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Hulu's 'Harlots' Follows Prostitutes In 18th Century London


A new British costume drama debuts on Hulu tonight, but if this genre is not your cup of tea, don't tune out just yet. This is not "Masterpiece Theater." The series, called "Harlots," follows a female brothel owner and her daughters in 18th century London. NPR TV critic Eric Deggans says the show's producers have excelled at crafting a modern story about the world's oldest profession. And we should warn you. This story does have some frank language about sex.

ERIC DEGGANS, BYLINE: From the first episode, the action in "Harlots" poses a bold question. What would a TV show about prostitution look like if the creators and producers were mostly female?


DEGGANS: What it isn't, especially in the opening moments, is subtle. Consider this scene where the ladies working in the brothel are reading reviews at their services in a book published in 1763 written as a sort of Yelp for prostitution.


UNIDENTIFIED ACTRESS #1: (As character) Let's see what's in here about you girls. Ms. Fanny Lambert - the very thing in winter for those who love a fat, jolly girl. A fine, bouncing, crummy wench - and not a miss in summer barring perspiration.

UNIDENTIFIED ACTRESS #2: (As character, laughter).

BRONWYN JAMES: (As Fanny Lambert) Does it say I stink?

UNIDENTIFIED ACTRESS #3: (As character) Perspire doesn't mean stink.

UNIDENTIFIED ACTRESS #4: (As character) Yeah, it does.

DEGGANS: "Harlots" is a show created by two women, Moira Buffini and Alison Newman. Unlike most shows, "Harlots" features a mostly female creative team of producers, directors and writers. The result is a series that avoids the temptation of focusing on nude bodies and sex, which is arguably the way male producers have treated prostitutes in shows like "Game Of Thrones" and "Deadwood."

Instead, we see Oscar nominee Samantha Morton as Margaret Wells. She's a madam who sees prostitution as a route to financial independence at a time when women had to surrender their wealth to their husbands when they got married. And she's not above teasing a rich customer by previewing when she will auction off her teenage daughter's virginity.


SAMANTHA MORTON: (As Margaret Wells) I'm soon taking a fine new house. When we're settled there, I'll be taking sealed bids for Lucy's virginity.

UNIDENTIFIED ACTOR #1: (As character) Twenty-five pounds to have her now.

MORTON: (As Margaret Wells) Sealed bids, as I did for Charlotte, my older daughter. She's one of the brightest stars in London's firmament, and I intend no less for Lucy.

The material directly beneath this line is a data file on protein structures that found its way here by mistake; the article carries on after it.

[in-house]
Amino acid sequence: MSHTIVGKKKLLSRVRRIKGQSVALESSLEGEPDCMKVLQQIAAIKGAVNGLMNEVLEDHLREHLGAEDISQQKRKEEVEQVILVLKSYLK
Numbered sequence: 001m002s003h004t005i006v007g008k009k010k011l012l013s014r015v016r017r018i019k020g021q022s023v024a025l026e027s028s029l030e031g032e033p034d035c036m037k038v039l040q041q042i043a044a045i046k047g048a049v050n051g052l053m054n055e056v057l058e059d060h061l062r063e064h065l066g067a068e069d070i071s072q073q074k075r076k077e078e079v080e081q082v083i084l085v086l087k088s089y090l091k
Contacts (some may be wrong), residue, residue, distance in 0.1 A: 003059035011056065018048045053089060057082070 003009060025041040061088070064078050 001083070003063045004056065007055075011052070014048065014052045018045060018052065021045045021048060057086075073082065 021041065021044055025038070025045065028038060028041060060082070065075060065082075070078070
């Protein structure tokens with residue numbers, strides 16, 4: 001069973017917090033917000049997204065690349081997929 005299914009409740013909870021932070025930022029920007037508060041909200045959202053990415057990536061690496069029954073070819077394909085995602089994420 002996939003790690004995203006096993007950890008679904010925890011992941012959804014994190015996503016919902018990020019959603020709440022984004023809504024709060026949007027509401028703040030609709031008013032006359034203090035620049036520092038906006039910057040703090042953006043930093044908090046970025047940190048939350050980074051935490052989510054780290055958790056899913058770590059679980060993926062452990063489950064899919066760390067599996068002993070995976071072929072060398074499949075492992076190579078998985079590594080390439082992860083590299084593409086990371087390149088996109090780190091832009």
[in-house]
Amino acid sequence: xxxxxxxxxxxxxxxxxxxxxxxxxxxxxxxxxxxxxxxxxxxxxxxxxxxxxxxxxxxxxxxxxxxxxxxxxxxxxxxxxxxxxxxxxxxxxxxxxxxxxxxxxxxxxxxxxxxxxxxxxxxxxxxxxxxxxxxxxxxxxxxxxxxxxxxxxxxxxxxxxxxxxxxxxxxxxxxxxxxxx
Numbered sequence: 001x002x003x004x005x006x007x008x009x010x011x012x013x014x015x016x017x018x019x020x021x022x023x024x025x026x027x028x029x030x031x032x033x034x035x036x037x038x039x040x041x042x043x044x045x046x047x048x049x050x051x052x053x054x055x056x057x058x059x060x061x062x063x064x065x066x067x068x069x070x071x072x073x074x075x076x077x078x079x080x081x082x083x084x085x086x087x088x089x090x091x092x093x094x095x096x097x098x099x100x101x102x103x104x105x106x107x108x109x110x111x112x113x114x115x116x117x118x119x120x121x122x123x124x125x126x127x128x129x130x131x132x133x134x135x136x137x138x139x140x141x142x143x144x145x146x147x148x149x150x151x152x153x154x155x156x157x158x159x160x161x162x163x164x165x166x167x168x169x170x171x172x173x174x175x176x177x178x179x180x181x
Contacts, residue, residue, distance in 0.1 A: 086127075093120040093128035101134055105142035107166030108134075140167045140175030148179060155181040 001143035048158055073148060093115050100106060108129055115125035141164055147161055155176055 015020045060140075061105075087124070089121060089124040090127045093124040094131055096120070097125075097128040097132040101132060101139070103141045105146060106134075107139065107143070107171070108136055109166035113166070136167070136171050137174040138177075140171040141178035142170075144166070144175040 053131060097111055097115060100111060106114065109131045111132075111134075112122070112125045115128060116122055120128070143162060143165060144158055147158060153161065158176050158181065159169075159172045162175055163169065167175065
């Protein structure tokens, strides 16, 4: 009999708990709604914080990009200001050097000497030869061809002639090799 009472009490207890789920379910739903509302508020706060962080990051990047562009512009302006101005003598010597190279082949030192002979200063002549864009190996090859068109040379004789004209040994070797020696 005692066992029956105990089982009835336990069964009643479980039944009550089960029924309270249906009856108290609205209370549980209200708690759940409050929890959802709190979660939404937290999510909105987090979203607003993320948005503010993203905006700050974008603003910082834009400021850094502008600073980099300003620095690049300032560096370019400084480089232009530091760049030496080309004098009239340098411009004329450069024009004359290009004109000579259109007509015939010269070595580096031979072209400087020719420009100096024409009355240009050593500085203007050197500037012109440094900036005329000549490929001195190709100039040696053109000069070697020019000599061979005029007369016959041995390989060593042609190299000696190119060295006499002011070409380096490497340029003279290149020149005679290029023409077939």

DEGGANS: These aren't exactly hookers with a heart of gold, but from Margaret's point of view, she's done her daughter Lucy a great service. She's waited to induct her into the business even though she herself was sold to a madam at a much younger age.


MORTON: (As Margaret Wells) My mother took me down (unintelligible) Lane. She'd spent every last farthing on her gin, the slut. She sold me to a bawd for a pair of shoes. I was 10.

DEGGANS: "Harlots" is mostly about women making supremely difficult choices at a time when they had few options. According to a graphic at the beginning of the first episode, 1 in 5 women worked in the profession in England at that time. It's kind of the anti-"Downton Abbey."

That point's driven home when you see "Downton" alum Jessica Brown Findlay - she played doomed daughter Sybil Crawley on that show - as Margaret Wells' older daughter, Catherine (ph). Here, Catherine speaks up for her mother, who's on trial for running a disreputable bawd or brothel.


JESSICA BROWN FINDLAY: (As Charlotte) We are pursued and harried like prey.

UNIDENTIFIED ACTRESS #5: (As character) That's right, yeah.

FINDLAY: (As Charlotte) My mother protects her girls because the law does not.


UNIDENTIFIED ACTRESS #6: (As character) Charlotte, sit down.

FINDLAY: (As Charlotte) She is the exemplar of all the bawds in London.

UNIDENTIFIED ACTOR #2: (As character) In your own words, you have admitted that your mother is a common bawd.

DEGGANS: Whoops - maybe she would have been better off keeping quiet just then. The show cheekily explores lots of topics, from the tension between religion and sex to the patriarchal power of a culture where men could plan their trips to the brothels right in front of their wives. Most importantly, this show created with a female gaze keeps its sights set on the humanity of its female characters despite their struggles working in an inhumane business. I'm Eric Deggans.

(SOUNDBITE OF LITTLE COMETS SONG, "WESTERN BOY") Transcript provided by NPR, Copyright NPR.

Eric Deggans is NPR's first full-time TV critic.